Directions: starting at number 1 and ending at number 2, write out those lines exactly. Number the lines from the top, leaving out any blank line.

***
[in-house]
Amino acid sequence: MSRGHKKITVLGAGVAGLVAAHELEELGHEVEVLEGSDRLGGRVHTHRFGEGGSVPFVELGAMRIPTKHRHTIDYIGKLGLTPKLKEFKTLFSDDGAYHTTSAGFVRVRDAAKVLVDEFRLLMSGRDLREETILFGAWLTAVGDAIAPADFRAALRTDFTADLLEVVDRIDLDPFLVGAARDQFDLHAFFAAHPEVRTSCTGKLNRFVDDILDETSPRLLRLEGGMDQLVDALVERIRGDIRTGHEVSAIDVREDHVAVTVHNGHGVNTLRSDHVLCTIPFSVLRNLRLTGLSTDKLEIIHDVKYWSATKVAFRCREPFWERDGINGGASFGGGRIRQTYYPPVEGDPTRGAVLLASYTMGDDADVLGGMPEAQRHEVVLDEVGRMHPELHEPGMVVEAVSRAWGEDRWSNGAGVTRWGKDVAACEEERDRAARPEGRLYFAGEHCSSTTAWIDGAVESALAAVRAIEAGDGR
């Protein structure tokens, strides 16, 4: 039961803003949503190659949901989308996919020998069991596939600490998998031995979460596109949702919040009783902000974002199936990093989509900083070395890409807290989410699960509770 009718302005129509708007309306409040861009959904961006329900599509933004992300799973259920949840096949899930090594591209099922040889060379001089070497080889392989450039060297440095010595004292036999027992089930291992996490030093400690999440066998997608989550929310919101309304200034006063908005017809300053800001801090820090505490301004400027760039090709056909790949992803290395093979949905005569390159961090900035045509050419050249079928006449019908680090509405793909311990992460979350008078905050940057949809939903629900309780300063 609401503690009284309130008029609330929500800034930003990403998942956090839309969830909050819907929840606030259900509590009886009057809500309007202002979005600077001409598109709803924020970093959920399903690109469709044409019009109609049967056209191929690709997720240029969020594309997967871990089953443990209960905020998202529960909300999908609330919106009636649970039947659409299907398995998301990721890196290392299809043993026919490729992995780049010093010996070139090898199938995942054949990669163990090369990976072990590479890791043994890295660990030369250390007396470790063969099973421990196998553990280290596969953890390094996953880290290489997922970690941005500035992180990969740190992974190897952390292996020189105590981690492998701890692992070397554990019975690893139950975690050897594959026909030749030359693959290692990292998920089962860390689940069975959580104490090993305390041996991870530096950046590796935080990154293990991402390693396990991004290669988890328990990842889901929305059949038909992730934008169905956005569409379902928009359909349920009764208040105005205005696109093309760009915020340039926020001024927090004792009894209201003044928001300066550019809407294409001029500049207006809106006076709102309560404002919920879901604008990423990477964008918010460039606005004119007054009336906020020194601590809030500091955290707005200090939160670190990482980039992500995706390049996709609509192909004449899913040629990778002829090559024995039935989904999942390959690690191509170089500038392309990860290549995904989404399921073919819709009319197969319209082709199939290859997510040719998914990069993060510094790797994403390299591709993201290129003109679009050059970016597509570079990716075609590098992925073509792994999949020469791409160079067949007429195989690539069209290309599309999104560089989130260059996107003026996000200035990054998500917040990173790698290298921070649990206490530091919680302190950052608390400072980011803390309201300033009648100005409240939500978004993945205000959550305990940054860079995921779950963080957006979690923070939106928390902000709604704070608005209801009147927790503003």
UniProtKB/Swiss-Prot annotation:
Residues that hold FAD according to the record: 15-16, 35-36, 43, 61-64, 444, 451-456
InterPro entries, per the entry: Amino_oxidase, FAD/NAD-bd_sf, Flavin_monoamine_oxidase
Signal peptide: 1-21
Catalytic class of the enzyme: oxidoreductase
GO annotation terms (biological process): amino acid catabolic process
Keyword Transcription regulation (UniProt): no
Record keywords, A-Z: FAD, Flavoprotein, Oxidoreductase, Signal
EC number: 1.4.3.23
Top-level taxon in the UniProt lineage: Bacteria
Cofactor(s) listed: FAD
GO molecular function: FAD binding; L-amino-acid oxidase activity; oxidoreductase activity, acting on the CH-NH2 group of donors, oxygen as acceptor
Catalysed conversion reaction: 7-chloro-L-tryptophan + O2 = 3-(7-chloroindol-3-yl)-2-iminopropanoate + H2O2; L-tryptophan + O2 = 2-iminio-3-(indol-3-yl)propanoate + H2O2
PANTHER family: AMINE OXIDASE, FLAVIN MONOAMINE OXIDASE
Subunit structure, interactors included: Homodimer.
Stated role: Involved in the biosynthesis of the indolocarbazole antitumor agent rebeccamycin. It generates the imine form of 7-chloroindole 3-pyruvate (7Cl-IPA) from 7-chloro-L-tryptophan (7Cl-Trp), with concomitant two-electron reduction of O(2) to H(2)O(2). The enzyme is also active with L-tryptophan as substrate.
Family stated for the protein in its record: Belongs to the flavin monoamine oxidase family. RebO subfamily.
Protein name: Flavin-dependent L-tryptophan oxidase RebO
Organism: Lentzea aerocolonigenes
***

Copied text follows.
[in-house]
Amino acid sequence: MSRGHKKITVLGAGVAGLVAAHELEELGHEVEVLEGSDRLGGRVHTHRFGEGGSVPFVELGAMRIPTKHRHTIDYIGKLGLTPKLKEFKTLFSDDGAYHTTSAGFVRVRDAAKVLVDEFRLLMSGRDLREETILFGAWLTAVGDAIAPADFRAALRTDFTADLLEVVDRIDLDPFLVGAARDQFDLHAFFAAHPEVRTSCTGKLNRFVDDILDETSPRLLRLEGGMDQLVDALVERIRGDIRTGHEVSAIDVREDHVAVTVHNGHGVNTLRSDHVLCTIPFSVLRNLRLTGLSTDKLEIIHDVKYWSATKVAFRCREPFWERDGINGGASFGGGRIRQTYYPPVEGDPTRGAVLLASYTMGDDADVLGGMPEAQRHEVVLDEVGRMHPELHEPGMVVEAVSRAWGEDRWSNGAGVTRWGKDVAACEEERDRAARPEGRLYFAGEHCSSTTAWIDGAVESALAAVRAIEAGDGR